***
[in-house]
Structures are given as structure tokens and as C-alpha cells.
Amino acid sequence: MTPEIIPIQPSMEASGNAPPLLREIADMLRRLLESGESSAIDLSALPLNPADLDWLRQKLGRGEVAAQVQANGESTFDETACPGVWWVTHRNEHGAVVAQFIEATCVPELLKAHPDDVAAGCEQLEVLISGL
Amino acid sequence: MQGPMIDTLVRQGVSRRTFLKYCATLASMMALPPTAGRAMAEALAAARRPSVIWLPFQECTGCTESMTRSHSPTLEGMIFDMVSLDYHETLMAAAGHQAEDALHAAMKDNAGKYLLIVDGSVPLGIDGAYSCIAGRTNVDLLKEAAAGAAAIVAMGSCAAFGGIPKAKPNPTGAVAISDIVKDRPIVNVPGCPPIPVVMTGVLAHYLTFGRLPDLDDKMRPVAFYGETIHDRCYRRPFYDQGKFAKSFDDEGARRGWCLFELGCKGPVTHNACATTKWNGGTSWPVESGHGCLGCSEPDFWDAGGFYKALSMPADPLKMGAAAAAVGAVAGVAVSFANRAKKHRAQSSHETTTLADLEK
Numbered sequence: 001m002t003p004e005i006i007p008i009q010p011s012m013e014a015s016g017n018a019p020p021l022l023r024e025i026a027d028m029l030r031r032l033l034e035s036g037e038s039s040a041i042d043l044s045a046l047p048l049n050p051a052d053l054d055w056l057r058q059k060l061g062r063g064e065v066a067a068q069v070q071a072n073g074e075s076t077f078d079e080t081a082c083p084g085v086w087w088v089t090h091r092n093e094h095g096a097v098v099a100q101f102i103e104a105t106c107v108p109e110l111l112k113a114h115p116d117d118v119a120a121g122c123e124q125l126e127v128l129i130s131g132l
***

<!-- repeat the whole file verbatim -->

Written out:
[in-house]
Structures are given as structure tokens and as C-alpha cells.
Amino acid sequence: MTPEIIPIQPSMEASGNAPPLLREIADMLRRLLESGESSAIDLSALPLNPADLDWLRQKLGRGEVAAQVQANGESTFDETACPGVWWVTHRNEHGAVVAQFIEATCVPELLKAHPDDVAAGCEQLEVLISGL
Amino acid sequence: MQGPMIDTLVRQGVSRRTFLKYCATLASMMALPPTAGRAMAEALAAARRPSVIWLPFQECTGCTESMTRSHSPTLEGMIFDMVSLDYHETLMAAAGHQAEDALHAAMKDNAGKYLLIVDGSVPLGIDGAYSCIAGRTNVDLLKEAAAGAAAIVAMGSCAAFGGIPKAKPNPTGAVAISDIVKDRPIVNVPGCPPIPVVMTGVLAHYLTFGRLPDLDDKMRPVAFYGETIHDRCYRRPFYDQGKFAKSFDDEGARRGWCLFELGCKGPVTHNACATTKWNGGTSWPVESGHGCLGCSEPDFWDAGGFYKALSMPADPLKMGAAAAAVGAVAGVAVSFANRAKKHRAQSSHETTTLADLEK
Numbered sequence: 001m002t003p004e005i006i007p008i009q010p011s012m013e014a015s016g017n018a019p020p021l022l023r024e025i026a027d028m029l030r031r032l033l034e035s036g037e038s039s040a041i042d043l044s045a046l047p048l049n050p051a052d053l054d055w056l057r058q059k060l061g062r063g064e065v066a067a068q069v070q071a072n073g074e075s076t077f078d079e080t081a082c083p084g085v086w087w088v089t090h091r092n093e094h095g096a097v098v099a100q101f102i103e104a105t106c107v108p109e110l111l112k113a114h115p116d117d118v119a120a121g122c123e124q125l126e127v128l129i130s131g132l